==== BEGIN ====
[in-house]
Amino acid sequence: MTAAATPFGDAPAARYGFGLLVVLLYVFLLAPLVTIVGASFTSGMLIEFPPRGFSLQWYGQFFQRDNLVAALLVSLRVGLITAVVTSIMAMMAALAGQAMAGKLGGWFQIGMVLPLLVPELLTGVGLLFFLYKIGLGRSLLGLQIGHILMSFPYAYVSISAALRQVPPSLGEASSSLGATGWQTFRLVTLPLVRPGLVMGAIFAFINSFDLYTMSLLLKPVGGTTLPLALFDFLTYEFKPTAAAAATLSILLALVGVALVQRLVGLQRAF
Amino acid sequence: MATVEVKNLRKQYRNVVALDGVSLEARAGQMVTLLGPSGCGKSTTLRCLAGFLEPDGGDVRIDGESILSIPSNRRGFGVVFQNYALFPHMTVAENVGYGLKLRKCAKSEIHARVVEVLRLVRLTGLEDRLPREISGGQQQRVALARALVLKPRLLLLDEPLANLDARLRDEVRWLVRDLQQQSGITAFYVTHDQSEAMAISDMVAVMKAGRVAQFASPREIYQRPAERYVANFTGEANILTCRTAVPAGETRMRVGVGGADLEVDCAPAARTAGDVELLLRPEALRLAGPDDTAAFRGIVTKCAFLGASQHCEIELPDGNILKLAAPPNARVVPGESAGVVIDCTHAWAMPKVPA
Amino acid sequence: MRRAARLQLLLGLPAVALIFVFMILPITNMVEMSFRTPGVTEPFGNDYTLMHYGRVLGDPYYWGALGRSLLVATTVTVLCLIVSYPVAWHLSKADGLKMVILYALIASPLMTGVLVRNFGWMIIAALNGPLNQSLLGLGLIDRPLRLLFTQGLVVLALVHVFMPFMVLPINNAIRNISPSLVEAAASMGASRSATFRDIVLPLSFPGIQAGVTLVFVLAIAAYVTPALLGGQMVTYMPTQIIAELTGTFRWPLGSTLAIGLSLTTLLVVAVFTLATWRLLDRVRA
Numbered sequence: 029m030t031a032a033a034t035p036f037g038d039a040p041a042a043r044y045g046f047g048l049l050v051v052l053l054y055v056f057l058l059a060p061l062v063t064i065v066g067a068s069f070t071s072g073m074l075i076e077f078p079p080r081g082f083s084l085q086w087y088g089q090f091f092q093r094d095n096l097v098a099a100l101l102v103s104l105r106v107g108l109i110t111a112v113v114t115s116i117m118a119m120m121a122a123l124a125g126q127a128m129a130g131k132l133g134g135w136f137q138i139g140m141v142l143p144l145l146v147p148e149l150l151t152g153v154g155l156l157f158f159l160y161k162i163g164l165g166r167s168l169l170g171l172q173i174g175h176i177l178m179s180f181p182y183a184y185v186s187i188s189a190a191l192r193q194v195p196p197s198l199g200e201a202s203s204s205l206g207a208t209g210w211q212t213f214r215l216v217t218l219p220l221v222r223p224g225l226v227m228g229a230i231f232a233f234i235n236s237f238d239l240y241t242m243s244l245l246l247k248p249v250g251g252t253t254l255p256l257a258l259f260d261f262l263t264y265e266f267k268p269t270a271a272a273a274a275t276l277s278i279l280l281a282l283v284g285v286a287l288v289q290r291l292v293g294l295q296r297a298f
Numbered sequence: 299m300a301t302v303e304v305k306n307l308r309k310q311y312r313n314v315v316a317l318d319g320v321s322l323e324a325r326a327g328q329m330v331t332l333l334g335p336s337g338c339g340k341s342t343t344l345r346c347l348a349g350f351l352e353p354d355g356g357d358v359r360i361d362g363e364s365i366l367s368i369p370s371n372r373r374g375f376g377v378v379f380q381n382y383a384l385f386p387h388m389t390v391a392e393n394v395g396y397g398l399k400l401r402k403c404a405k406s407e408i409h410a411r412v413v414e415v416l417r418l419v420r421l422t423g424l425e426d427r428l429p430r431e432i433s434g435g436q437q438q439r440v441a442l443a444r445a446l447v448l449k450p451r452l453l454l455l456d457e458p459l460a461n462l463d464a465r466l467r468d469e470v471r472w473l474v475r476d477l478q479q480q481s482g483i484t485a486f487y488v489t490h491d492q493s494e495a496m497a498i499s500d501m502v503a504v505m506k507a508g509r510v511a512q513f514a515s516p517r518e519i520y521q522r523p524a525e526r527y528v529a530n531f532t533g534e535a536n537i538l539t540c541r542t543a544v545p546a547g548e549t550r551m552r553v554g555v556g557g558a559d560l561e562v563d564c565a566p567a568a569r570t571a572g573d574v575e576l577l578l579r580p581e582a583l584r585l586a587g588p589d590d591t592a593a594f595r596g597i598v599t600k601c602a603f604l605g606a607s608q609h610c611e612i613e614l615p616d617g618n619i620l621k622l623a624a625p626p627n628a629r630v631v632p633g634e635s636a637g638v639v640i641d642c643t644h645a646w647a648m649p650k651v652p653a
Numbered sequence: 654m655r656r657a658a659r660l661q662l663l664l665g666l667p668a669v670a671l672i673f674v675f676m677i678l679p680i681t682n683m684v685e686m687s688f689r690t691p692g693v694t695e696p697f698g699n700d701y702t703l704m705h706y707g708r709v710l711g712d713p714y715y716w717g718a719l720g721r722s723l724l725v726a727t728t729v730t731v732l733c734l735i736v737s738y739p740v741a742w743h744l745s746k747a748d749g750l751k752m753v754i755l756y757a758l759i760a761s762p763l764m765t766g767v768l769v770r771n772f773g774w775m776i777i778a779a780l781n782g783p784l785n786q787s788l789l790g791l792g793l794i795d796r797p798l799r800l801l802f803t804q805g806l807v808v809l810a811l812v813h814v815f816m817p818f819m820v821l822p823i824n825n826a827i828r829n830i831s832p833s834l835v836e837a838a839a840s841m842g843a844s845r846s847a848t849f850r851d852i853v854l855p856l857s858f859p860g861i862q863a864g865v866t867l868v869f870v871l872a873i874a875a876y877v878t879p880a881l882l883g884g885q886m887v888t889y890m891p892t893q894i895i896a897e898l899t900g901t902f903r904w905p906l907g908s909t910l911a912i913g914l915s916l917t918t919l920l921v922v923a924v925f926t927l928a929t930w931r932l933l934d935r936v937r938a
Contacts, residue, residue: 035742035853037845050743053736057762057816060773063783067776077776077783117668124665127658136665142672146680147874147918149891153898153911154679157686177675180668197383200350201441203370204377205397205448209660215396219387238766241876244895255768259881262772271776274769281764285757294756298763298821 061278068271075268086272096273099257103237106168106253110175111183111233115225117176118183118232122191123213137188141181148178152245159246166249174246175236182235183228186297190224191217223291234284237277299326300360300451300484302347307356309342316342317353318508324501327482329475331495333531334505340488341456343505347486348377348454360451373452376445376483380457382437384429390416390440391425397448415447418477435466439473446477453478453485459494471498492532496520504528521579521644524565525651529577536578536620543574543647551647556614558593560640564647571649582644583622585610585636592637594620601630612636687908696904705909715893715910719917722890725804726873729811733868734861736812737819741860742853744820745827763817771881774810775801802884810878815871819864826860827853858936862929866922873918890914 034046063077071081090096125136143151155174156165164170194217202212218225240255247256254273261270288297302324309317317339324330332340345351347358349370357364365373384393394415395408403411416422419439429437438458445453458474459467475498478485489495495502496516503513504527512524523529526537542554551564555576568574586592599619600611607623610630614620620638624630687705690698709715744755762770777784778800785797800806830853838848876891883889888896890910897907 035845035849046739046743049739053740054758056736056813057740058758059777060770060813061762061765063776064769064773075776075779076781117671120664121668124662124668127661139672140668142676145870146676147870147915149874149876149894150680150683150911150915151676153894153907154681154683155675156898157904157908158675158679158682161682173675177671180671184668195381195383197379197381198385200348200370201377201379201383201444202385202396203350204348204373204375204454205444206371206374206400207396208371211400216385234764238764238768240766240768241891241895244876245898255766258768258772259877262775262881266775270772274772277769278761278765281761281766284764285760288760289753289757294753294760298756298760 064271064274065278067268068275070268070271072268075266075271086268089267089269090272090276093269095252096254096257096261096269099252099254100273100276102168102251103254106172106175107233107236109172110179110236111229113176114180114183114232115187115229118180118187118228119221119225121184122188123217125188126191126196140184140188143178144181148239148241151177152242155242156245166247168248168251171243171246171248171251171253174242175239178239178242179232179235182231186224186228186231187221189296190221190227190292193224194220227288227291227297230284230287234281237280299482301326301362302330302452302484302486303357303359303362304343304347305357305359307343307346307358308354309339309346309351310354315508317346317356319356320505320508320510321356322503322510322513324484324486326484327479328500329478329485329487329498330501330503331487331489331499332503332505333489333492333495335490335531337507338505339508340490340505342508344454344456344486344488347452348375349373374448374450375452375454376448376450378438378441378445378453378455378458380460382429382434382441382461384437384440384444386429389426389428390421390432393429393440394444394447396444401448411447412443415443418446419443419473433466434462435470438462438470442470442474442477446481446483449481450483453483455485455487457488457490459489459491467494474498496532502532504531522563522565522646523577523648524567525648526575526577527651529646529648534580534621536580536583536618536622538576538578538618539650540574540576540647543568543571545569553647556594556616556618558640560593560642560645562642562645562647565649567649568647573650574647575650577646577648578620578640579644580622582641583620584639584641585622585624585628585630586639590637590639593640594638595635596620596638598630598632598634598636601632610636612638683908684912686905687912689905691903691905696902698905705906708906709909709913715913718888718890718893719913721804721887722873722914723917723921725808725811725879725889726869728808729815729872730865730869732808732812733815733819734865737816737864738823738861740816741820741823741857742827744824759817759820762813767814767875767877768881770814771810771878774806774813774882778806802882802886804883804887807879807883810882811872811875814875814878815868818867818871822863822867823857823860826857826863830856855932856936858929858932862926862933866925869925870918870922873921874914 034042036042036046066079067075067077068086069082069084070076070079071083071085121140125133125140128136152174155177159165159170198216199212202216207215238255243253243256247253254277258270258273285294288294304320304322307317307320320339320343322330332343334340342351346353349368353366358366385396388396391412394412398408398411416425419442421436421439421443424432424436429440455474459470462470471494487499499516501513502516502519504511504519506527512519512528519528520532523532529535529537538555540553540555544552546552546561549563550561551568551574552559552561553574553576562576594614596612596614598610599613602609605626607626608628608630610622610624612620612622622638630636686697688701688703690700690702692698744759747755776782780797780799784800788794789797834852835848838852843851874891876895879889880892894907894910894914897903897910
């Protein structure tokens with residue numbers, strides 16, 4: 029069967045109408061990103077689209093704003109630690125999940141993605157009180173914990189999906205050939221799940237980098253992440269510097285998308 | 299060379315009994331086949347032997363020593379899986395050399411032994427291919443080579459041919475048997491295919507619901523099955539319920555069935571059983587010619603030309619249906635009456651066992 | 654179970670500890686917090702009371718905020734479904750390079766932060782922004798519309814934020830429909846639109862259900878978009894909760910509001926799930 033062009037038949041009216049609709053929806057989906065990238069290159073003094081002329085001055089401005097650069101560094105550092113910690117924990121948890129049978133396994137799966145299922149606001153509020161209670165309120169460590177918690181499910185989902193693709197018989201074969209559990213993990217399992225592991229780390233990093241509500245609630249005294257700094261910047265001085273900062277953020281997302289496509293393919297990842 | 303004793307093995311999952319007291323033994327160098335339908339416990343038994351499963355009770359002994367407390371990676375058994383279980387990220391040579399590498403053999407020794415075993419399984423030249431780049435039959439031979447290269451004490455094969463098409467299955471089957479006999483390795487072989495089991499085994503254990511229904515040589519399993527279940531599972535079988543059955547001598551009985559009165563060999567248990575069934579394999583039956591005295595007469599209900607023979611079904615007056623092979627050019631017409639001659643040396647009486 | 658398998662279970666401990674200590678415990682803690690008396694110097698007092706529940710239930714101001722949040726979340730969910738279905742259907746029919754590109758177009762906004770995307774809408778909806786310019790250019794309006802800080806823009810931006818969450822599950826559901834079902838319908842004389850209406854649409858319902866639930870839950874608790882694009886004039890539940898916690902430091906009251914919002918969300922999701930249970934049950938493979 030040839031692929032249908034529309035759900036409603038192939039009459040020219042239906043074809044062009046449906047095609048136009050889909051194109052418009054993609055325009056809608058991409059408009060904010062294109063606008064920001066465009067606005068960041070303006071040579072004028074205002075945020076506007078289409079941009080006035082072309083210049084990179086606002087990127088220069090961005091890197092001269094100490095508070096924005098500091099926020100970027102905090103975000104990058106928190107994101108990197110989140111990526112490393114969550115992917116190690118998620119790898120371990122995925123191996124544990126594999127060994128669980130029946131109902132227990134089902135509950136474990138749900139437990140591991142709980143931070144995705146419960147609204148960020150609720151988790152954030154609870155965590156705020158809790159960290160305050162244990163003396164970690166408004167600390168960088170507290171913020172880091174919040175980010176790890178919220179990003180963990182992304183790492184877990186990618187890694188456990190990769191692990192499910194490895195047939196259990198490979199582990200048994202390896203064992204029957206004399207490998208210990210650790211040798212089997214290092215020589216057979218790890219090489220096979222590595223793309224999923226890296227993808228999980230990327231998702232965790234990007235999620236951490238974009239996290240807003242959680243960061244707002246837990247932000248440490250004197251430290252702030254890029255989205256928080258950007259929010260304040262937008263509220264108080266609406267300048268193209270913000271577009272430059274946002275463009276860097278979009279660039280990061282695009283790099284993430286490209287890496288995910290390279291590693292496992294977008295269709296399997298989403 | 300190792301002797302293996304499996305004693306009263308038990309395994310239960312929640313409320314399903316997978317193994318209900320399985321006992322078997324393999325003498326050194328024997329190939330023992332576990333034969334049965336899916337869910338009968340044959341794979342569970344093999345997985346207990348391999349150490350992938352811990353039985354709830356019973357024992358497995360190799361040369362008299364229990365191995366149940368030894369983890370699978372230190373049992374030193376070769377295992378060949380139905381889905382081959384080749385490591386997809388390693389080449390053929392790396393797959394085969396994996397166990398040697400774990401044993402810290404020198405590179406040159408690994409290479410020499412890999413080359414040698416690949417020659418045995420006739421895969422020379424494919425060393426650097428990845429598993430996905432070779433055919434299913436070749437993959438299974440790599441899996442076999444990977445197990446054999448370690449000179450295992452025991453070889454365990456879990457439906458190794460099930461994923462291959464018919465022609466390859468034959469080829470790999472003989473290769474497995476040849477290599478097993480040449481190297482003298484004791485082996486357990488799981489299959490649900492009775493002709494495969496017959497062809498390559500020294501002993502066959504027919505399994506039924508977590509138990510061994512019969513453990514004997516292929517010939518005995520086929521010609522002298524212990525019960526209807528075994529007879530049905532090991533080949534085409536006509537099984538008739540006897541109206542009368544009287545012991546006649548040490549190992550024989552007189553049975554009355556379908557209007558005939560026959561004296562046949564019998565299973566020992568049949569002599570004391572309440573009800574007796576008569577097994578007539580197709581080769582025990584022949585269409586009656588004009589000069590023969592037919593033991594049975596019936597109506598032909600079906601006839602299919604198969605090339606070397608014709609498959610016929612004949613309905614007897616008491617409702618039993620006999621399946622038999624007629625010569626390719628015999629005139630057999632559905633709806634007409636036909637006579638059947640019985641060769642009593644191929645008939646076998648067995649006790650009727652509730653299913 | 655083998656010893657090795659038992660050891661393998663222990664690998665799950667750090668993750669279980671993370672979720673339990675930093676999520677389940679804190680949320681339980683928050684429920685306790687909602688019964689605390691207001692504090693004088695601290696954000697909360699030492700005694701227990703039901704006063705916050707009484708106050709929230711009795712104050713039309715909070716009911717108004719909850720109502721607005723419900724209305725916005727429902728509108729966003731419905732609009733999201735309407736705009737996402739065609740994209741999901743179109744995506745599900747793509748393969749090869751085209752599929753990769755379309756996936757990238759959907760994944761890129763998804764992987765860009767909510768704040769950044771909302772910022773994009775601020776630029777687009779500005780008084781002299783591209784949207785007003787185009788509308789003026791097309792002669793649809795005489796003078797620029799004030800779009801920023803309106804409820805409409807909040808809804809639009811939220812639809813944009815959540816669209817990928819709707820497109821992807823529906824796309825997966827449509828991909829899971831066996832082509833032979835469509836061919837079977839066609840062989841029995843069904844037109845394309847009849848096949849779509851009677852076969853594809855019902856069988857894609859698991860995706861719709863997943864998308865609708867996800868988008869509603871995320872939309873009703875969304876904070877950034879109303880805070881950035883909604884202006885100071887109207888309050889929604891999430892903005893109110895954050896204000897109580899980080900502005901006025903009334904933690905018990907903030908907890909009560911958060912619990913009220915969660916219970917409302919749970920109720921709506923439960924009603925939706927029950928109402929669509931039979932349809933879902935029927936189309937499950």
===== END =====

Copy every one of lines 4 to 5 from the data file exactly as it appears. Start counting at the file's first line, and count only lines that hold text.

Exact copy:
Amino acid sequence: MRRAARLQLLLGLPAVALIFVFMILPITNMVEMSFRTPGVTEPFGNDYTLMHYGRVLGDPYYWGALGRSLLVATTVTVLCLIVSYPVAWHLSKADGLKMVILYALIASPLMTGVLVRNFGWMIIAALNGPLNQSLLGLGLIDRPLRLLFTQGLVVLALVHVFMPFMVLPINNAIRNISPSLVEAAASMGASRSATFRDIVLPLSFPGIQAGVTLVFVLAIAAYVTPALLGGQMVTYMPTQIIAELTGTFRWPLGSTLAIGLSLTTLLVVAVFTLATWRLLDRVRA
Numbered sequence: 029m030t031a032a033a034t035p036f037g038d039a040p041a042a043r044y045g046f047g048l049l050v051v052l053l054y055v056f057l058l059a060p061l062v063t064i065v066g067a068s069f070t071s072g073m074l075i076e077f078p079p080r081g082f083s084l085q086w087y088g089q090f091f092q093r094d095n096l097v098a099a100l101l102v103s104l105r106v107g108l109i110t111a112v113v114t115s116i117m118a119m120m121a122a123l124a125g126q127a128m129a130g131k132l133g134g135w136f137q138i139g140m141v142l143p144l145l146v147p148e149l150l151t152g153v154g155l156l157f158f159l160y161k162i163g164l165g166r167s168l169l170g171l172q173i174g175h176i177l178m179s180f181p182y183a184y185v186s187i188s189a190a191l192r193q194v195p196p197s198l199g200e201a202s203s204s205l206g207a208t209g210w211q212t213f214r215l216v217t218l219p220l221v222r223p224g225l226v227m228g229a230i231f232a233f234i235n236s237f238d239l240y241t242m243s244l245l246l247k248p249v250g251g252t253t254l255p256l257a258l259f260d261f262l263t264y265e266f267k268p269t270a271a272a273a274a275t276l277s278i279l280l281a282l283v284g285v286a287l288v289q290r291l292v293g294l295q296r297a298f